We are often contacted by people regarding entitlements to property settlement in a situation where one of the parties (usually the mother) is a stay at home parent. Often in these cases the stay at home parent is concerned that their contributions will not be valued. On the other hand, quite often the working parent feels that their contribution should be seen as greater due to the fact that they were the primary bread winner.
The assessment of a party's entitlements follows the five step process we have discussed before.
The issue of being a stay at home parent is directly relevant to several steps of that process. In particular, as follows:
- The assessment of contributions.
- The assessment of 'needs' factors.
When assessing the parties' contributions to a marriage or de facto relationship a number of contributions are looked at. Those include financial, non-financial and that of homemaker and parent. The contributions of each party are to be weighed up and assessed to arrive at a percentage figure.
Contributions as a homemaker and parent are given a significant importance under theFamily Law Act 1975. They are not examined by looking at what the value of such services would be in the market place and reaching a figure on that basis. It is often the case that in assessing the contributions of the stay at home parent versus the contributions of the working parent that they would be considered equal. This is regardless of the income of the working parent, whether they are on $40,000 per year or $400,000 per year.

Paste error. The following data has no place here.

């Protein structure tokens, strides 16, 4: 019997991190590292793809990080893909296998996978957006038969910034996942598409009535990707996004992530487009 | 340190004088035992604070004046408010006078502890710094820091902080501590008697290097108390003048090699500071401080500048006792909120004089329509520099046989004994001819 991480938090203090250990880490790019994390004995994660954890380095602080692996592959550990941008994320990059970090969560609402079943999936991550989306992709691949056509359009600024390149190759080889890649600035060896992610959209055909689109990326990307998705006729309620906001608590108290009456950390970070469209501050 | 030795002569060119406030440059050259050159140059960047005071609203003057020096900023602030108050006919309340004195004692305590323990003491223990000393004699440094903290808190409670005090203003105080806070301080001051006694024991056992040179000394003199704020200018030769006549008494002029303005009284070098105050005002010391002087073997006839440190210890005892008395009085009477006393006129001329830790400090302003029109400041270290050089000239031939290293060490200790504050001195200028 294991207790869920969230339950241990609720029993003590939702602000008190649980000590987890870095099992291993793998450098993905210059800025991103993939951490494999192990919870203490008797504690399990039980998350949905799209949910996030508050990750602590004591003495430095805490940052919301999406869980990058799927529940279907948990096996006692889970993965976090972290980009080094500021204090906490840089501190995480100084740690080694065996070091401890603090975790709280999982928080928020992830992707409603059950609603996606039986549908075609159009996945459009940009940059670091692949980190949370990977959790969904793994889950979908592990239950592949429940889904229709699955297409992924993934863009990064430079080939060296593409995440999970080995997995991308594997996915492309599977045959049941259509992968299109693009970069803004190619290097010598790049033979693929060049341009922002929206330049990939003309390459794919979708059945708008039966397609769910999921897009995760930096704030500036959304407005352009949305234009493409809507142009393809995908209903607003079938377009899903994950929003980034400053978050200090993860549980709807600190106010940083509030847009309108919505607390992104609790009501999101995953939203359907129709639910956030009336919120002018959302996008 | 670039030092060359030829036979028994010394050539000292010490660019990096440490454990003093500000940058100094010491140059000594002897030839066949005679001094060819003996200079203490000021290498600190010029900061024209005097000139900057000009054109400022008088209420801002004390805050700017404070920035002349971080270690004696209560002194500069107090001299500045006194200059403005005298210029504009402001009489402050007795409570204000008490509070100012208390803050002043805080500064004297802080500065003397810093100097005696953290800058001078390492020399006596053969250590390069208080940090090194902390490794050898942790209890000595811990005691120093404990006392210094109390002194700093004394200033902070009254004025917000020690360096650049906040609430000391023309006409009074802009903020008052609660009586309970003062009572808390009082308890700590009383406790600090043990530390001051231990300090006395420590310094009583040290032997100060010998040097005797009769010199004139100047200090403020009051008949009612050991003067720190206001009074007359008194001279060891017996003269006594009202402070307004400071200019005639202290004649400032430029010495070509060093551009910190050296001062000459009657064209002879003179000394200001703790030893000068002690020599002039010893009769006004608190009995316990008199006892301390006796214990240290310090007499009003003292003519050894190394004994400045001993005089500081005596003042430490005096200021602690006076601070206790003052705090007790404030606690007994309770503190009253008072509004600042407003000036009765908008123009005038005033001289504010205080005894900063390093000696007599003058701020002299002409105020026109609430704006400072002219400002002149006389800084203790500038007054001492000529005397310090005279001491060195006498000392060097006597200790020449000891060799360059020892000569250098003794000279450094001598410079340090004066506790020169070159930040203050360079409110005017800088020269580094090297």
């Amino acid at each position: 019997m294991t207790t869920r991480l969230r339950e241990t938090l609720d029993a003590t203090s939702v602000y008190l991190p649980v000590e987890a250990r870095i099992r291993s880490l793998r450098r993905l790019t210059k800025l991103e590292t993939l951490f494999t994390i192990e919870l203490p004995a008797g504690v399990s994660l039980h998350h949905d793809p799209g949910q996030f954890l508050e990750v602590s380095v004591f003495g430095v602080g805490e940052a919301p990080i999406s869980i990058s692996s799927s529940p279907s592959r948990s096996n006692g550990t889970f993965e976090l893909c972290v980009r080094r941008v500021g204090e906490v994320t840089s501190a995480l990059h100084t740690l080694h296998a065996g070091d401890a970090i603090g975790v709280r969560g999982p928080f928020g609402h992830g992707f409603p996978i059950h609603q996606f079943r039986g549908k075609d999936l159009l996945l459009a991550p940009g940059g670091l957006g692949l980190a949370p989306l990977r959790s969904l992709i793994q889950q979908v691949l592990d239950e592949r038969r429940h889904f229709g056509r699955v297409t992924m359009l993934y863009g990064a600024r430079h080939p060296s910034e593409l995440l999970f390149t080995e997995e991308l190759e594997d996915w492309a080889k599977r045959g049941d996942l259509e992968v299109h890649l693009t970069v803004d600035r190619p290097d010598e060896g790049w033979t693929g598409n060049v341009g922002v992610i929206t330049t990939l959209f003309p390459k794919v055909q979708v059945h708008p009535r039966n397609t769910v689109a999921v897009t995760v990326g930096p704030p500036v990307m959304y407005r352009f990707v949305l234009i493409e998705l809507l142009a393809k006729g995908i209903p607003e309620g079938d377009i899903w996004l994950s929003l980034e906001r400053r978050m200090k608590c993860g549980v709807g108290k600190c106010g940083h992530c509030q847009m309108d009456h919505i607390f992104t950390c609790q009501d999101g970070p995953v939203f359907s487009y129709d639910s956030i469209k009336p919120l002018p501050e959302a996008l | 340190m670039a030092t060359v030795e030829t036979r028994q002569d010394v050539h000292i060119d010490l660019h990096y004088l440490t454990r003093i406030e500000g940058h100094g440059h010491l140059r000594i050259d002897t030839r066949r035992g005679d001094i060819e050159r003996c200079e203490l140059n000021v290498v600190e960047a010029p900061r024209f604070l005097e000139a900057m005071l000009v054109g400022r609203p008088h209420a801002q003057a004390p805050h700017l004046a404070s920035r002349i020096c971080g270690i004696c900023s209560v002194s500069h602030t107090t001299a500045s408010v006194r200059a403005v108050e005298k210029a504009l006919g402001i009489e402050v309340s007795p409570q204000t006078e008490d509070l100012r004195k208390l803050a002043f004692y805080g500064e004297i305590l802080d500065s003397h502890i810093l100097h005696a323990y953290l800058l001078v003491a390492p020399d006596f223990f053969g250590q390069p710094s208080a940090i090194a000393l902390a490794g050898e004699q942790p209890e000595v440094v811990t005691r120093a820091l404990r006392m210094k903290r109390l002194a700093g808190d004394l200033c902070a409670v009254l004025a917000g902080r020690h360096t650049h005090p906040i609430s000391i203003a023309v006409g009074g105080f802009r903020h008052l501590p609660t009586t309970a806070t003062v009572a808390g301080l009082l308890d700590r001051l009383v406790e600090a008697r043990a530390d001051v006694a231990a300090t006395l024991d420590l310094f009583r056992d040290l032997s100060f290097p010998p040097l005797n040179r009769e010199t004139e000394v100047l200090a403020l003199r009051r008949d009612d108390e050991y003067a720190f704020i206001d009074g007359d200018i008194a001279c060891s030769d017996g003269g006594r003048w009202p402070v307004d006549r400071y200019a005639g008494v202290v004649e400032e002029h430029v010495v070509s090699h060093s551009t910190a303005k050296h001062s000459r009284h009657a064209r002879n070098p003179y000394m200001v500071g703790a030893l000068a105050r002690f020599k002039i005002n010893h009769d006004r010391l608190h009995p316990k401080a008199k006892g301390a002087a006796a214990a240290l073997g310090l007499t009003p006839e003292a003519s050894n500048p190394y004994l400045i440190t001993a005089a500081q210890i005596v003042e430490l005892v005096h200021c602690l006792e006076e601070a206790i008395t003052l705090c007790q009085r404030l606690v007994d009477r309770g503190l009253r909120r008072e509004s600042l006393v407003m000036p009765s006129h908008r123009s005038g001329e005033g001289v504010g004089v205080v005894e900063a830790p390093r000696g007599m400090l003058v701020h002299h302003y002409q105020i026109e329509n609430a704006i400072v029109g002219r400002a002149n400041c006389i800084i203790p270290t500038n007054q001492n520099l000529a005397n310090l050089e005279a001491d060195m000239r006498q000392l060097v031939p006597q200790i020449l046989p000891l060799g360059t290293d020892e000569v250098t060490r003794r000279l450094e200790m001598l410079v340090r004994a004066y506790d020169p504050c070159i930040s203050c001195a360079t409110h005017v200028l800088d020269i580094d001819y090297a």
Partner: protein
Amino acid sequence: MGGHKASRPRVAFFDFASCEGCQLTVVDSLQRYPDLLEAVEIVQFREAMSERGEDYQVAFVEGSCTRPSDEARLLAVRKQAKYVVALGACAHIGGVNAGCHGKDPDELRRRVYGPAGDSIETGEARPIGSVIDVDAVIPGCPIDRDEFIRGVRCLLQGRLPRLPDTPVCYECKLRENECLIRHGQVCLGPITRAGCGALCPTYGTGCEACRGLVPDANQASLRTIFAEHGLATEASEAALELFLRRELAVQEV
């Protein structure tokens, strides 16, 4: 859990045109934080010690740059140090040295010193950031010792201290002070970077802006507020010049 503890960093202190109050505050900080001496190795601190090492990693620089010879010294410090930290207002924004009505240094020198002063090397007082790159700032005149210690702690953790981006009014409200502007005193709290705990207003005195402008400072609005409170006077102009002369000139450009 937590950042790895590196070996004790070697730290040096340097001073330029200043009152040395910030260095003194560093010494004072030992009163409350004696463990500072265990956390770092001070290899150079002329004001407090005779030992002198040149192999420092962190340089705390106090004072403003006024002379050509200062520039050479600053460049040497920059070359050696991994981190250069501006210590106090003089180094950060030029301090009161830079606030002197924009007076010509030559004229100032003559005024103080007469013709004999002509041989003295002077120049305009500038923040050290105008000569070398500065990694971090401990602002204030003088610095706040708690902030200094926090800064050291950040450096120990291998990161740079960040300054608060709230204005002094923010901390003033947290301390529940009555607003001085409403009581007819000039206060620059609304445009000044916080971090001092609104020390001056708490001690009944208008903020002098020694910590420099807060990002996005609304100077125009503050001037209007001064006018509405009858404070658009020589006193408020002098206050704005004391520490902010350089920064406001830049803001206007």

A marriage or de facto relationship is generally seen as a partnership between two people in which they work together and accumulate assets and if it was agreed that one party would stay at home to care for the children and the other party would work fulltime there would be no detriment to the party's entitlements if they were the one that stayed at home. It is also relevant that the fact that one parent made the homemaking and parenting contributions freed the other parent to work and earn an income.
In respect of "needs" factors, being a stay at home parent can also be of significant importance. In many cases the stay at home parent has forgone further education, training and work experience. They may have been out of the workforce for some time while the other party has continued to gain experience and increase their employment experience and earning capacity.
After a separation the stay at home parent is likely to retain the majority care of the children. The stay at home parent therefore has a lower earning capacity due to the fact that they have not continued with their education, training or employment and they have the primary care of the children of the relationship. There is therefore an adjustment of an additional percentage of the property pool made in favour of the stay at home parent at this step of the process.